Investigating the impacts of drought-related drying events following pond refill on the growth, survival, and postmetamorphic fitness of lithobates blairi tadpoles

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Skerlec, Samantha Marie
Issue Date
2023-05
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Thesis
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en_US
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Abstract

The incomplete recovery following drying events can have long-lasting impacts on aquatic ecosystems through altered resource availability, changes to water quality and temperature, microhabitat suitability, and community structure. Dynamic impacts of drying events can have detrimental effects on numerous aquatic organisms, but amphibians are particularly susceptible due to their reliance on aquatic environments for reproduction. This study aims to understand how drying events affect amphibian larval communities that recolonize a pond post-refill by investigating the impacts of incomplete recovery on their growth and development. While similar studies have investigated larval amphibian responses to active drying, few have directly assessed the carryover effects of drying events on organisms that recolonize a previously dried pond. Using a 64-mesocosm array, we examined the effects of drying (non-dry vs. dry-rewet) and tadpole density (10, 20, 40, or 80 individuals per tank) on larval amphibian growth, development, and survivorship. We hypothesized that drying and rewetting would decrease growth and development of tadpoles by reducing food resources, and that high larval densities would decrease growth and development through competition. Our results demonstrate strong effects of past drying on larval amphibian growth, time to metamorphosis, and survivorship. Additionally, we observed carryover effects of larval treatments on juvenile jumping performance, which was influenced by body mass at metamorphosis. Larger juveniles were found to jump further distances on average than smaller individuals, which has implications for the terrestrial fitness of these organisms, including predator evasion, foraging, and mating success. These findings emphasize the importance of drying events for amphibian survivorship and developmental plasticity, and that larval history can determine post-metamorphic fitness.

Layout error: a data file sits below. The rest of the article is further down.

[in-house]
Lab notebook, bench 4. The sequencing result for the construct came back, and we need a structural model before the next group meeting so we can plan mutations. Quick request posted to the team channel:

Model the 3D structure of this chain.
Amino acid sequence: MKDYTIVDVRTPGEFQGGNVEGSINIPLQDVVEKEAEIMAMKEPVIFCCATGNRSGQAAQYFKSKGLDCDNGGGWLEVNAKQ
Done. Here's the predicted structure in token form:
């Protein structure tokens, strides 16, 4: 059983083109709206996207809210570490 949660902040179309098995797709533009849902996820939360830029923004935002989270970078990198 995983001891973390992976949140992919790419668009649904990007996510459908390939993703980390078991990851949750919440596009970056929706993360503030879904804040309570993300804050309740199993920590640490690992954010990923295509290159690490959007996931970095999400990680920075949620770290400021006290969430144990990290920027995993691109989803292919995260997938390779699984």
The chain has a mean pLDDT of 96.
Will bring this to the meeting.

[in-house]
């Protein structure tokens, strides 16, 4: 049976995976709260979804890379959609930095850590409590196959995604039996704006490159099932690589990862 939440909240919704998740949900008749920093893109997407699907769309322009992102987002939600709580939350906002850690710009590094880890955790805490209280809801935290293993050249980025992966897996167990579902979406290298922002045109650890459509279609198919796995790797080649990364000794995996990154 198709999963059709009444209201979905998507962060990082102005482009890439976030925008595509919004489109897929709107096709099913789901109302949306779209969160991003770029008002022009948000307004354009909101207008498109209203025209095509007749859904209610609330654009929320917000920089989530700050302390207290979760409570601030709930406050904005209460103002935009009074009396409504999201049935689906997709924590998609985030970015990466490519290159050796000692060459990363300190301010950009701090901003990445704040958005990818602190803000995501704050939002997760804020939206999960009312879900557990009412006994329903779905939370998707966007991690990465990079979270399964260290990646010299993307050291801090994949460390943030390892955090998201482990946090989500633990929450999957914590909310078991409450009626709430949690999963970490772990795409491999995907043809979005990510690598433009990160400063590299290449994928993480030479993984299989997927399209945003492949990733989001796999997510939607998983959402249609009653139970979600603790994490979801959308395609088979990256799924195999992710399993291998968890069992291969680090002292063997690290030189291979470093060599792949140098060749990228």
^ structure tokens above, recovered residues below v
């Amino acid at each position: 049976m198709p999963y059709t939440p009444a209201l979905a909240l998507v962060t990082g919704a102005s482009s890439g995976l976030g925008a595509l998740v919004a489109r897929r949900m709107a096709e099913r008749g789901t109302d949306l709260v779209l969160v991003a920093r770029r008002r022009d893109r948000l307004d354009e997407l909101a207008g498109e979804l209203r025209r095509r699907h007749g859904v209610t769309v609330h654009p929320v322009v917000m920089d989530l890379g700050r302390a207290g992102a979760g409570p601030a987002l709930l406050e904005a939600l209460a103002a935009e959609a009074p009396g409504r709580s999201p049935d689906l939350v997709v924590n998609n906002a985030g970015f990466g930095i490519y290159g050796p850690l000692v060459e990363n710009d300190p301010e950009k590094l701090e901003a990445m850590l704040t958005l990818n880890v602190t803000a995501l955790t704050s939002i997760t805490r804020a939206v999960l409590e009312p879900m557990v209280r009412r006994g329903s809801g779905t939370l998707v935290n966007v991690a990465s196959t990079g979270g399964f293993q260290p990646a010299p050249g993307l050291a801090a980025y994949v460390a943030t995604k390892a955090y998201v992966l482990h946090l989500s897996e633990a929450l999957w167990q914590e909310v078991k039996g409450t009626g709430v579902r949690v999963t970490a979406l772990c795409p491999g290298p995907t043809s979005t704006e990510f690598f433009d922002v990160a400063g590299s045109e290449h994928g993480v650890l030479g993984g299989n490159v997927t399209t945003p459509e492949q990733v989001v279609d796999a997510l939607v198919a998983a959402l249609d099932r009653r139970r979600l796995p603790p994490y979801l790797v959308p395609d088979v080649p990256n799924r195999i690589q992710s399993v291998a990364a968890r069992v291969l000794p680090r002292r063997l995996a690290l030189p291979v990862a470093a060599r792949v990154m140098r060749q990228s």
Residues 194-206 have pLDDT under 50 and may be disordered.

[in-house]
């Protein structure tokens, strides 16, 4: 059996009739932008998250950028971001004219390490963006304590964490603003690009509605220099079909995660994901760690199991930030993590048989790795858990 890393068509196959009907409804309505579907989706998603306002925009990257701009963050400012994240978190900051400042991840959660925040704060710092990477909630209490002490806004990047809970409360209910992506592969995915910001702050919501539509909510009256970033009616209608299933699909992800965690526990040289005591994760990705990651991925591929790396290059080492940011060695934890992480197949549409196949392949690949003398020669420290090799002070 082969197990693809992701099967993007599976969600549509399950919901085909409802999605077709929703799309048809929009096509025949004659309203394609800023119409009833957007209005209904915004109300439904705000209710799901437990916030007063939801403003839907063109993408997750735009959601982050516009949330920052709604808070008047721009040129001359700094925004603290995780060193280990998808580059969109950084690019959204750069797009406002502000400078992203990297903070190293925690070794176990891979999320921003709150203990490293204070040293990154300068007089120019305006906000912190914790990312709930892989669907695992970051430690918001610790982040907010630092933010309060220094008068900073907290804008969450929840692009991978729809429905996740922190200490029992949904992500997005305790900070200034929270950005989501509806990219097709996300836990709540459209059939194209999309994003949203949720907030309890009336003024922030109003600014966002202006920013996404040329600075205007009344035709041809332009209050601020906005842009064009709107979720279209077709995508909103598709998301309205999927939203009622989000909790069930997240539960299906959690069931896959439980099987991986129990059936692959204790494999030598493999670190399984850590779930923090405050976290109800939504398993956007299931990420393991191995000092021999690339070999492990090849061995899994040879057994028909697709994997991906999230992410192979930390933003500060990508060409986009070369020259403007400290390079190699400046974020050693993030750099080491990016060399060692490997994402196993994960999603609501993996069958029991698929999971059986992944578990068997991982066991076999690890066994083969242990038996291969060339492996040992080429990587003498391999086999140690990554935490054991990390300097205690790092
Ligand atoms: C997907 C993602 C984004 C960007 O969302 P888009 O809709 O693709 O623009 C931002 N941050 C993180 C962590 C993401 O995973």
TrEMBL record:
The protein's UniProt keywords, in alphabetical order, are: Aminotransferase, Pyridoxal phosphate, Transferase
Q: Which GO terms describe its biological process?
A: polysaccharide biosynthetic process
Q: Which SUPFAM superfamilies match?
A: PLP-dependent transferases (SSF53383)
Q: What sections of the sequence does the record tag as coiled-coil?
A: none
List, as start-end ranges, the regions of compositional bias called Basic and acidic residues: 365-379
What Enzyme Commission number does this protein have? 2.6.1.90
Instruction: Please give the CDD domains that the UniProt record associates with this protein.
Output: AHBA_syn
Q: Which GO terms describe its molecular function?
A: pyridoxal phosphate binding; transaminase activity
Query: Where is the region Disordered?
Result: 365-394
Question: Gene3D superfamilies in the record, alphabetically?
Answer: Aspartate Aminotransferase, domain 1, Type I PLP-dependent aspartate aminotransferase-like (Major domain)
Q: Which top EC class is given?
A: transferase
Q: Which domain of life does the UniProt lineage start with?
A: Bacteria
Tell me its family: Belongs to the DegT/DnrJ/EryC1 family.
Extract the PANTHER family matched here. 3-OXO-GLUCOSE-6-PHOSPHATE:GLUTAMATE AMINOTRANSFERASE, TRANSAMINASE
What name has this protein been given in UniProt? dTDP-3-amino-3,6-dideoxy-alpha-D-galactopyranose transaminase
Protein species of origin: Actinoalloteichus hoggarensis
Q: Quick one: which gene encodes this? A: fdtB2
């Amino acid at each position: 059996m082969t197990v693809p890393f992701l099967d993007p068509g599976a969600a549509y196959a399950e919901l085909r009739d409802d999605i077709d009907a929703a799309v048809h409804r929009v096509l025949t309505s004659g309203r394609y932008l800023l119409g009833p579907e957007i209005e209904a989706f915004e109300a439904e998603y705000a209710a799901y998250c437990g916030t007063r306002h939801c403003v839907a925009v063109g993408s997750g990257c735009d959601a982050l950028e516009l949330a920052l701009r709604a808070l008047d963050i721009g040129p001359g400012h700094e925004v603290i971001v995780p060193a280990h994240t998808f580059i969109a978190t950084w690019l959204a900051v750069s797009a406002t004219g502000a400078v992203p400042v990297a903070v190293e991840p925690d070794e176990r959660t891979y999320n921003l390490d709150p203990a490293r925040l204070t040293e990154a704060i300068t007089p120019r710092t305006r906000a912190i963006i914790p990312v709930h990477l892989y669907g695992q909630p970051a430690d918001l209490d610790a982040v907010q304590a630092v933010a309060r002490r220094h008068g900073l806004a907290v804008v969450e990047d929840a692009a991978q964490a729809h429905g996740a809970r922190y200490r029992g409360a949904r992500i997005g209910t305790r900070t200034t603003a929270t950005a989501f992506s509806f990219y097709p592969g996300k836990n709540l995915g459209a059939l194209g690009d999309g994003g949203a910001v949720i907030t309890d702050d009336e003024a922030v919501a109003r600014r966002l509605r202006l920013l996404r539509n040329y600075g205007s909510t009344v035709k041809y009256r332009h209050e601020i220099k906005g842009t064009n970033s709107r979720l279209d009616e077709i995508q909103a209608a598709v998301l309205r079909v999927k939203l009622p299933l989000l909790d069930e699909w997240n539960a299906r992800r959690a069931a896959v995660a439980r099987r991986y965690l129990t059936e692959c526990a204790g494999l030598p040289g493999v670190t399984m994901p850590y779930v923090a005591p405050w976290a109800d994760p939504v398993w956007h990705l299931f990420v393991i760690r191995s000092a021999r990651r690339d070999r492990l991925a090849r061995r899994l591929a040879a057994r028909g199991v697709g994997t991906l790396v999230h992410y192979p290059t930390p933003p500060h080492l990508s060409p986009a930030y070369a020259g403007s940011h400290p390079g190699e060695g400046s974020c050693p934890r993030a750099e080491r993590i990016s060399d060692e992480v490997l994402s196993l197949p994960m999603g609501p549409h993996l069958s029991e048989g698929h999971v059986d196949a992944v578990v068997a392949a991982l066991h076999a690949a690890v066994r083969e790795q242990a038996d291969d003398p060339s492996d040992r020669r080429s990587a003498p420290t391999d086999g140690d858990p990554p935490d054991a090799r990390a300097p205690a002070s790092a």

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Thesis (M.S.)-- Wichita State University, College of Liberal Arts and Sciences, Dept. of Biological Sciences
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Wichita State University
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© Copyright 2023 by Samantha M. Skerlec All Rights Reserved
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